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Carrying the Flag: The Story of Private Charles Whilden, the Confederacy's Most Unlikely Hero
     

Carrying the Flag: The Story of Private Charles Whilden, the Confederacy's Most Unlikely Hero

by Gordon C. Rhea
 

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For forty years, Charles Whilden lived a life most noteworthy for a series of near misses. Repeatedly turned down for service in the Confederate Army, he did not enlist until the desperate days when anyone capable of locomotion was brought in to fill the ranks. He was subsequently plunged into the very regiment destined to see the worst of Grant's brutal spring 1864

Overview

For forty years, Charles Whilden lived a life most noteworthy for a series of near misses. Repeatedly turned down for service in the Confederate Army, he did not enlist until the desperate days when anyone capable of locomotion was brought in to fill the ranks. He was subsequently plunged into the very regiment destined to see the worst of Grant's brutal spring 1864 campaign. But Whilden would go on to discover a courage within that was prefigured by none of his earlier failures.

Editorial Reviews

Publishers Weekly
The battle of Spotsylvania Court House was the Civil War's ghastliest, a day-long, rain-sodden struggle for control of a Confederate trench line so brutal that the dead were "pulverized into mush that resembled jelly instead of men." Rhea (The Battle of the Wilderness) finds heroism in this hellish setting in the guise of Charles Whilden, a sickly, 39-year-old regimental flag-bearer, repeatedly rejected for service but finally inducted by a Confederate army desperately short of men, who briefly rallied the Southerners and helped save the day for Lee's army. Rhea styles this tale of an insignificant man rising to the occasion a celebration of the "capacity of the human spirit to shine," but there's little uplift to be gleaned from the story. A feckless ne'er-do-well who died a year after the war when he suffered an epileptic fit and drowned face down in a mud puddle, Whilden could be, with a very slight shift in perspective, an absurdist anti-hero whose moment of glory merely prolonged the death throes of a futile cause. Fortunately, Rhea uses his life mostly as a peg on which to hang an otherwise absorbing account of Spotsylvania and the preceding battle of the Wilderness. His well-paced and vividly detailed narrative moves easily from lucid considerations of Grant and Lee's grand strategies to the common soldiers' view of the chaos and squalor of the fighting, and includes engaging background material on camp life, the social background of Confederate soldiers and race relations in the ante-bellum South. The result is an evocative retelling of a Civil War epic. (Jan.) Copyright 2004 Reed Business Information.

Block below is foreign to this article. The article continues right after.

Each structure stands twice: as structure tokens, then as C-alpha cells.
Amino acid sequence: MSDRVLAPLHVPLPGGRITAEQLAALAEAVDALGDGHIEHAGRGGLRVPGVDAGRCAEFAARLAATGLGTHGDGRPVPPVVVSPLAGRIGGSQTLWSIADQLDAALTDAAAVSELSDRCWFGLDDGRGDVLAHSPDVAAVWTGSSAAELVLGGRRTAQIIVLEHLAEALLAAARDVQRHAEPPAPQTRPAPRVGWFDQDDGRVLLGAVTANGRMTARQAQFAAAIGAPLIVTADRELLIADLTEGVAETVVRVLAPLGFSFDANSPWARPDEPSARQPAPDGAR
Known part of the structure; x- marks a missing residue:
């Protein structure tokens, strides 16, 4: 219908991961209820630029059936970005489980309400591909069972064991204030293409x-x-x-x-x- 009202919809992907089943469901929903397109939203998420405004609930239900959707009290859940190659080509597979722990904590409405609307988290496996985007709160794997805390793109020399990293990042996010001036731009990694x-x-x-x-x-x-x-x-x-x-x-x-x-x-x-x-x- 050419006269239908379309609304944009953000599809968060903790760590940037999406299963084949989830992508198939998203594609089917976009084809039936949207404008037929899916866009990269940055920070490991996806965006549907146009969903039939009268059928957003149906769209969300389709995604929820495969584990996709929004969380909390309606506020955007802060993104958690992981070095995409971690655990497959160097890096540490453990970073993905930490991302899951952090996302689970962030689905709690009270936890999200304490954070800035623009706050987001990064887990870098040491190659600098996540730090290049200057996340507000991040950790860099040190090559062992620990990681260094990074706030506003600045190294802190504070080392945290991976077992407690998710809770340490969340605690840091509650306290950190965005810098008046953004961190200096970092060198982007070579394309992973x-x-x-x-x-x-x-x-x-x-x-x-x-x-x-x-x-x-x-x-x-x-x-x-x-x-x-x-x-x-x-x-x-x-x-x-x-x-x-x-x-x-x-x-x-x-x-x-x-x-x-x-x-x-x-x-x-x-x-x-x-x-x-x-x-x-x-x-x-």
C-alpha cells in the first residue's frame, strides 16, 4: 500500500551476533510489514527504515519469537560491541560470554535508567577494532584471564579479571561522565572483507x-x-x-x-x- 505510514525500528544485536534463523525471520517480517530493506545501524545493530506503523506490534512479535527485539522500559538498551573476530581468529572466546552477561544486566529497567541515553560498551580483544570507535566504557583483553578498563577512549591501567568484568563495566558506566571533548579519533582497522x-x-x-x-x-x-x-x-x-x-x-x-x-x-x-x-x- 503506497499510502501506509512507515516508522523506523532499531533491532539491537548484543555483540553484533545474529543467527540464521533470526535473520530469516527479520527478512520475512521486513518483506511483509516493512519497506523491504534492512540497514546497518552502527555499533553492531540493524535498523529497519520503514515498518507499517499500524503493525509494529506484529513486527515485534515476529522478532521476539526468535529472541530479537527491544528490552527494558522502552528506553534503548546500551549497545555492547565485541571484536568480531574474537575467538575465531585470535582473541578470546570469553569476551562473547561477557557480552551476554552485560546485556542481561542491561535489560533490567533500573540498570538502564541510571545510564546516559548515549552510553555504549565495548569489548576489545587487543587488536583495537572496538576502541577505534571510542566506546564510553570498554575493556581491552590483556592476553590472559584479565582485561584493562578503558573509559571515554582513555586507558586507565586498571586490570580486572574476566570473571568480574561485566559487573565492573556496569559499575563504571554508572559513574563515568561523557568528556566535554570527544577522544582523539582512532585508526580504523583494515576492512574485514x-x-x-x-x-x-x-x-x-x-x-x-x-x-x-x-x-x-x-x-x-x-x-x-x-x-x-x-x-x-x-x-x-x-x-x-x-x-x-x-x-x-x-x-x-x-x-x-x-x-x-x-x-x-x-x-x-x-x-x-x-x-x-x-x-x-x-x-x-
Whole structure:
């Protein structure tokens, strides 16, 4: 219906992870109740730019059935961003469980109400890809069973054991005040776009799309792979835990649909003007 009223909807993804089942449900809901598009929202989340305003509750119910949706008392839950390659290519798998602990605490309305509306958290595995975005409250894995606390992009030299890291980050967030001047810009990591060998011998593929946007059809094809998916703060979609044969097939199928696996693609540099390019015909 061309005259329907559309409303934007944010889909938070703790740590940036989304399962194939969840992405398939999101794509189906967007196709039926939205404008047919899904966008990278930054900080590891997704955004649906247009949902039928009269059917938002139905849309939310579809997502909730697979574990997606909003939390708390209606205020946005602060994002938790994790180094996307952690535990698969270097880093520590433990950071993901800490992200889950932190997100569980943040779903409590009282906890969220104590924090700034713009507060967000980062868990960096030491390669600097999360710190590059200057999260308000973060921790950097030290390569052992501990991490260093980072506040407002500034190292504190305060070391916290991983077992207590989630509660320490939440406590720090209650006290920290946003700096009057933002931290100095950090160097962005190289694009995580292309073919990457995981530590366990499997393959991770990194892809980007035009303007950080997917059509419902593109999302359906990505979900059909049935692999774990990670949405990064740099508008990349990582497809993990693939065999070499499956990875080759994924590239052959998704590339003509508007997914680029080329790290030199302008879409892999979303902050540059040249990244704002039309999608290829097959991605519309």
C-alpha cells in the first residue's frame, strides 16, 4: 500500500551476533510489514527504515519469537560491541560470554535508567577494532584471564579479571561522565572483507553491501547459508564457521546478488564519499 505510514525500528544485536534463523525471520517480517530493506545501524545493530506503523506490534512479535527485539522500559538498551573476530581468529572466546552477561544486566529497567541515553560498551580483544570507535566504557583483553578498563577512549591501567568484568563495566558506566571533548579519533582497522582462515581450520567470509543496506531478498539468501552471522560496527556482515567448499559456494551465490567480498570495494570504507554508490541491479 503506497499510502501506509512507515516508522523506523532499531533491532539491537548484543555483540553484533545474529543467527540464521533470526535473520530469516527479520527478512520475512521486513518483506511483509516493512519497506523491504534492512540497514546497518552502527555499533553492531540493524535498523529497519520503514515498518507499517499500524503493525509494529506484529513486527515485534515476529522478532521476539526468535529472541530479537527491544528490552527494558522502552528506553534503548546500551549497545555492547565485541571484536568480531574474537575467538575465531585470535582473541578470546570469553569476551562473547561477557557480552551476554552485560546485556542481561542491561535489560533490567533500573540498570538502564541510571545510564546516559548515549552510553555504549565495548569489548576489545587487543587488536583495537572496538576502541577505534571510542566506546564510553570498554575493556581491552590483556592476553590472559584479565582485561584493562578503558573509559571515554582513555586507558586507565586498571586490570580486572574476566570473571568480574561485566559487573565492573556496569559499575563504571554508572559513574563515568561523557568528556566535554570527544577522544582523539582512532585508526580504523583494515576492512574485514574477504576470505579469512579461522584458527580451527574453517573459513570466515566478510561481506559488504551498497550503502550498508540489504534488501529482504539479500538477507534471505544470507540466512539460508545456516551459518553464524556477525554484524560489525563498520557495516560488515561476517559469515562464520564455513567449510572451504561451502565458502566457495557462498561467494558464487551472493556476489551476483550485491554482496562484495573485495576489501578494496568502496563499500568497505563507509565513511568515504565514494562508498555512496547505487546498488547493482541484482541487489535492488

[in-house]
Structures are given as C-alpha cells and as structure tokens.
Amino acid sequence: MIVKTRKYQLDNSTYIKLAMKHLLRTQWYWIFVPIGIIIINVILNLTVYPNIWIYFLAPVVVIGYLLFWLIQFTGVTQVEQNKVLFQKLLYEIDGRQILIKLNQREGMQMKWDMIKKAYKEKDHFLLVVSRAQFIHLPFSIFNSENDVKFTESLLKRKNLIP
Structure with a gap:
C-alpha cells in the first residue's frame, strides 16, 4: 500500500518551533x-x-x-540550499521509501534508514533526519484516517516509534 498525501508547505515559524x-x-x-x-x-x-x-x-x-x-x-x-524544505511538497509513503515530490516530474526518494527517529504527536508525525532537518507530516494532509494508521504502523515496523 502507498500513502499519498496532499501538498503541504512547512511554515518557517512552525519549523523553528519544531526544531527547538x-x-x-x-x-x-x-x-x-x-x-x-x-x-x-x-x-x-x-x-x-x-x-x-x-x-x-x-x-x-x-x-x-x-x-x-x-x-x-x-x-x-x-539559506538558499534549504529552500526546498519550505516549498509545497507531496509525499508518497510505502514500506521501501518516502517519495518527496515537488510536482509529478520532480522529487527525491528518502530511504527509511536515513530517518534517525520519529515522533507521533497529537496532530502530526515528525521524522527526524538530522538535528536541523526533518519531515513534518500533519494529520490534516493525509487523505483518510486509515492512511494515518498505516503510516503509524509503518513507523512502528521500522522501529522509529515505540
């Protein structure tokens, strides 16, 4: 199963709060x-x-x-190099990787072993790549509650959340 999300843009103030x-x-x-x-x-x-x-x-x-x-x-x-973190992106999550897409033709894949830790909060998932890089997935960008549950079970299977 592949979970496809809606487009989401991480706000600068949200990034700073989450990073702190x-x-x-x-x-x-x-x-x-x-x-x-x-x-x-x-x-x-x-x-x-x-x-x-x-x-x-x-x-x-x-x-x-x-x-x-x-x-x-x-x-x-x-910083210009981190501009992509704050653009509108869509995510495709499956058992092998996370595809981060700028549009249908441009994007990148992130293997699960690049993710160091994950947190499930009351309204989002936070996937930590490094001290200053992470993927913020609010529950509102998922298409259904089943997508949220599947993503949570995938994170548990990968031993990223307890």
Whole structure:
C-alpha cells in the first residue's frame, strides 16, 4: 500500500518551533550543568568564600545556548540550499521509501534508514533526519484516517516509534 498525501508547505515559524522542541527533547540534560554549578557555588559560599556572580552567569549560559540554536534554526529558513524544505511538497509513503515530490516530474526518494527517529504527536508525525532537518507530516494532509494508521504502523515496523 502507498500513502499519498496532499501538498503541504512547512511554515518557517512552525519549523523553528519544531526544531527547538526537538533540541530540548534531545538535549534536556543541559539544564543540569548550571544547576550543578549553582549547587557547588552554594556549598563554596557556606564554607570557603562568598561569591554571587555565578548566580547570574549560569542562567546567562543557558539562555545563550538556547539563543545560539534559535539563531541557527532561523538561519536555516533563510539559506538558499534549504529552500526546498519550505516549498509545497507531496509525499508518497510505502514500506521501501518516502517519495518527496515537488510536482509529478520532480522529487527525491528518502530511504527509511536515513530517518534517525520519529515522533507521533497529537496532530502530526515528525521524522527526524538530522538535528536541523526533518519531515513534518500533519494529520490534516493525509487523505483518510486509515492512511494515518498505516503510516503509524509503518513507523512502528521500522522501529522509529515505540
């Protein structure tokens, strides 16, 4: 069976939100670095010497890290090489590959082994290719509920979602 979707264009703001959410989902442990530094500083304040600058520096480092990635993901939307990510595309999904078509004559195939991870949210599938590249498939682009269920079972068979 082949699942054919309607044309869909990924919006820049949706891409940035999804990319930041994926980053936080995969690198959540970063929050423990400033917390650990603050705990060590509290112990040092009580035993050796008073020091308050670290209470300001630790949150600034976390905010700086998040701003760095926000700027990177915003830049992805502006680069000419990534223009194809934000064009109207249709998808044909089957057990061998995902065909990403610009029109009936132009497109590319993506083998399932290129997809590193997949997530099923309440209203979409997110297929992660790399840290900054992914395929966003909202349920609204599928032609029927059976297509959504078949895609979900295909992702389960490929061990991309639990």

Product Details

ISBN-13:
9780786739523
Publisher:
Basic Books
Publication date:
04/13/2009
Sold by:
Hachette Digital, Inc.
Format:
NOOK Book
Pages:
288
Sales rank:
823,259
File size:
875 KB

Meet the Author

Gordon C. Rhea is also the author of The Battles for Spotsylvania Court House and the Road to Yellow Tavern, May 7-12, 1864; To the North Anna River: Grant and Lee, May 13-25, 1864, winner of the Fletcher Pratt Literary Award; and Cold Harbor: Grant and Lee, May 26-June 3, 1864, winner of the Austin Civil War Round Table's Laney Prize. He lives in St. Croix, U.S. Virgin Islands, and in Mt. Pleasant, South Carolina, with his wife and two sons.

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